Colonialism And European Villain In Shakespeare's The Tempest

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In the early 1600s, Shakespeare completed The Tempest, a comedy set in the New World centering around the former Duke of Milan, Prospero, and his quest for vengeance after being castaway to a remote island. Superficially, the comedy is straightforward; it is merely the story of a man who regains his dukedom and rights the injustices he has suffered. While the plot of the play may be simple, the larger narrative of the play prompts the audience to consider the more complicated dynamics of indigenous and European relationships. These dynamics are presented through the character Caliban and his interactions with the rest of the European cast. Through Caliban’s contact with these characters, he is presented as crude, foolish, and odious. Surely a character such as this is villainous, as he is often called throughout the play. Yet, while Caliban’s relationship with the European characters may expose his own unbecoming features, I argue that it also discloses the abusive and foul tendencies of the very Europeans who scorn him. Indeed, I will prove that Caliban is not the simple villain that he is superficially presented to be, but rather a victim of European intervention and hegemony. Through the analysis of Caliban’s character and his relationships with the European characters in The Tempest, I will then explore Shakespeare stance on colonialism and European interference with the indigenous people of the Americas.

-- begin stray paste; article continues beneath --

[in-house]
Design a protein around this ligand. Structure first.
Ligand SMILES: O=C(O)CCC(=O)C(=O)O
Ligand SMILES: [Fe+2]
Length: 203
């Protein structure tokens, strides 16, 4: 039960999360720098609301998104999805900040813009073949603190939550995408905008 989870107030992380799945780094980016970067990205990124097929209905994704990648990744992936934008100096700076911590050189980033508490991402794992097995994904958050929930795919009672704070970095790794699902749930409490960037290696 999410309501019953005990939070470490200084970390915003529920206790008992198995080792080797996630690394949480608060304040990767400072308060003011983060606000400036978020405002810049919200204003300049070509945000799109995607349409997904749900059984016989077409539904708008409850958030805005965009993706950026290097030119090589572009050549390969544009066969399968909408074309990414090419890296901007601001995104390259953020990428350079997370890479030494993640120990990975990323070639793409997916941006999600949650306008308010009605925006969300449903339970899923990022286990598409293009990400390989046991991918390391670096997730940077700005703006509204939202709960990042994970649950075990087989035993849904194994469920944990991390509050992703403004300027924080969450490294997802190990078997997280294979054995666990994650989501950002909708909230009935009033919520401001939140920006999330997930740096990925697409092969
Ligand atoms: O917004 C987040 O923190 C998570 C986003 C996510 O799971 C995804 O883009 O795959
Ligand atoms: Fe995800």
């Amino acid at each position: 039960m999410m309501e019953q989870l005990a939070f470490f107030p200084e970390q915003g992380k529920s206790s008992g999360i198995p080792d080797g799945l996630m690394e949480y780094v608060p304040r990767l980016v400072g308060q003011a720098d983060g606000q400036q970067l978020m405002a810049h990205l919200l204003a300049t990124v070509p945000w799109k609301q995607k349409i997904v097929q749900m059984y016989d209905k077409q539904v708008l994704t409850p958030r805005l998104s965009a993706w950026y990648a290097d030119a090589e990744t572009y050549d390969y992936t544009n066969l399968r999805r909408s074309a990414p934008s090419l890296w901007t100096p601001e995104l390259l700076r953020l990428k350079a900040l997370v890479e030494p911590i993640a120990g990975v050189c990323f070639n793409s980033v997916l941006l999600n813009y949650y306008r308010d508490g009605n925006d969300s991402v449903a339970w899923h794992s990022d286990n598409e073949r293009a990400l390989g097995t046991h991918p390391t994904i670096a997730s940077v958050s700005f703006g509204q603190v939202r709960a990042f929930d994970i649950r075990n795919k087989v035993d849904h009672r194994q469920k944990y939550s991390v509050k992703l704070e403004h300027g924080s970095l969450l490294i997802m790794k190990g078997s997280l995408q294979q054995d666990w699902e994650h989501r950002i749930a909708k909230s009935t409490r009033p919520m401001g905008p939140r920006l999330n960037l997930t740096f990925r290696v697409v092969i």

Caliban’s initial characterization comes from the etymology of his

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